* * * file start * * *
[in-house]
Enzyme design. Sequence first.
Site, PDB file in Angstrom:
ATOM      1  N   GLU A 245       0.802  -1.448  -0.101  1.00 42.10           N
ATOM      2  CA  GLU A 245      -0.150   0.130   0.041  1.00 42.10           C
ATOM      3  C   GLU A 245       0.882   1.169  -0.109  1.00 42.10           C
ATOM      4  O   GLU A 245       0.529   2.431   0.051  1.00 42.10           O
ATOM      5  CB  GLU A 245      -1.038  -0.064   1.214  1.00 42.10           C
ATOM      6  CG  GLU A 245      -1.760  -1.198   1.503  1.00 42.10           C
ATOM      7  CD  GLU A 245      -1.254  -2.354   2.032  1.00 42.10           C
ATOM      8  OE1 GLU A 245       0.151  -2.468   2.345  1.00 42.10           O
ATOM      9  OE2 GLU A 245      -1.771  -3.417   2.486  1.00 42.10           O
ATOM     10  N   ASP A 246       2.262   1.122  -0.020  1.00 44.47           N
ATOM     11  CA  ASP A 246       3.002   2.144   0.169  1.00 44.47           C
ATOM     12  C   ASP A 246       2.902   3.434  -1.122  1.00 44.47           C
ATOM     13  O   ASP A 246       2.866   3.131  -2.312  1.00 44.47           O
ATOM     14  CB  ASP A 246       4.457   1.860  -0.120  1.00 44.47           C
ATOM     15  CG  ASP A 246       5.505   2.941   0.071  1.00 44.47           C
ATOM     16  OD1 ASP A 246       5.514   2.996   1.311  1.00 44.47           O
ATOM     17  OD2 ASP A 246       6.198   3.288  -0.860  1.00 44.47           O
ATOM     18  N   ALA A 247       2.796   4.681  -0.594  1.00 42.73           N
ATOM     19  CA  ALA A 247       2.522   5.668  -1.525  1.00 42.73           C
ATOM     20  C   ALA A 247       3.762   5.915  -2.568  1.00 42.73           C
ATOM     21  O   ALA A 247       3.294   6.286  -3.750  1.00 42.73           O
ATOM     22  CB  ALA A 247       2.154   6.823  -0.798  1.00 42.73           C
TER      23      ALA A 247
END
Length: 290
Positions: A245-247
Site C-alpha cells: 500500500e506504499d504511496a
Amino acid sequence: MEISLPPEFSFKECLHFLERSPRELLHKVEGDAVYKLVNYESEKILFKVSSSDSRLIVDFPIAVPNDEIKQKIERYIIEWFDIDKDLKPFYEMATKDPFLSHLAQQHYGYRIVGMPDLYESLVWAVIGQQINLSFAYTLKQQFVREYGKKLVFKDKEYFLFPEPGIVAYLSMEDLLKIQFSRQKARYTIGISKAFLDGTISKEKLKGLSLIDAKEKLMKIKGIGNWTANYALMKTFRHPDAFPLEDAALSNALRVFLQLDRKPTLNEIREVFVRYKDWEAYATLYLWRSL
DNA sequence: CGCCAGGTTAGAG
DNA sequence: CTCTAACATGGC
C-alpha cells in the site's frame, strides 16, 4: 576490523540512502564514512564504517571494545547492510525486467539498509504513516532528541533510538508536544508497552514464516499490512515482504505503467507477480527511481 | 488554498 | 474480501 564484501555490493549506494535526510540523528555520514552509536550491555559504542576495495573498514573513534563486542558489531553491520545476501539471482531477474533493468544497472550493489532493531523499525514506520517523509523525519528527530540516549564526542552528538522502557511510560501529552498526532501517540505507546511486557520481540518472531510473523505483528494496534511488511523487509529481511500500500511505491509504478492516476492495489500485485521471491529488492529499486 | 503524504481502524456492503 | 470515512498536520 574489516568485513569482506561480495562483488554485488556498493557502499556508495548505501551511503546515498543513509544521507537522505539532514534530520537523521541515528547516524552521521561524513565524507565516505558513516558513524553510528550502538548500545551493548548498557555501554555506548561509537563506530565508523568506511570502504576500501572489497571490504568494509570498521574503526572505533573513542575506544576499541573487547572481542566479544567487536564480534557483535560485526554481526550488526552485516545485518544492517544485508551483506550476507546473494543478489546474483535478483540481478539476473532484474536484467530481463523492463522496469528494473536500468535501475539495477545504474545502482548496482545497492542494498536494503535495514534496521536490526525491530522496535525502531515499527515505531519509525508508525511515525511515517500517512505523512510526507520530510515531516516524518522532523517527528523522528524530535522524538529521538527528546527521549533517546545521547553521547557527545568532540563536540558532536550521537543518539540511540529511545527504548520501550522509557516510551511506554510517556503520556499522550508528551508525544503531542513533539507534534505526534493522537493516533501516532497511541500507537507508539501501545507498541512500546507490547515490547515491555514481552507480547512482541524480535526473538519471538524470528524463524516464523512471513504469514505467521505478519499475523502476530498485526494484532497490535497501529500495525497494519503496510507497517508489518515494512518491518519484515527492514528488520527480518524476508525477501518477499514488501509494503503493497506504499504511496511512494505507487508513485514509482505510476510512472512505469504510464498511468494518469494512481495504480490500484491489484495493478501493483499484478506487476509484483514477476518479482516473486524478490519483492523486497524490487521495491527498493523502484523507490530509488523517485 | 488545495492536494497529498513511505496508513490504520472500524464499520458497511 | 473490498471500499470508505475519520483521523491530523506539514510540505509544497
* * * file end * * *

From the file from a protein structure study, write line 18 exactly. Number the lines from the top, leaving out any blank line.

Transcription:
ATOM     15  CG  ASP A 246       5.505   2.941   0.071  1.00 44.47           C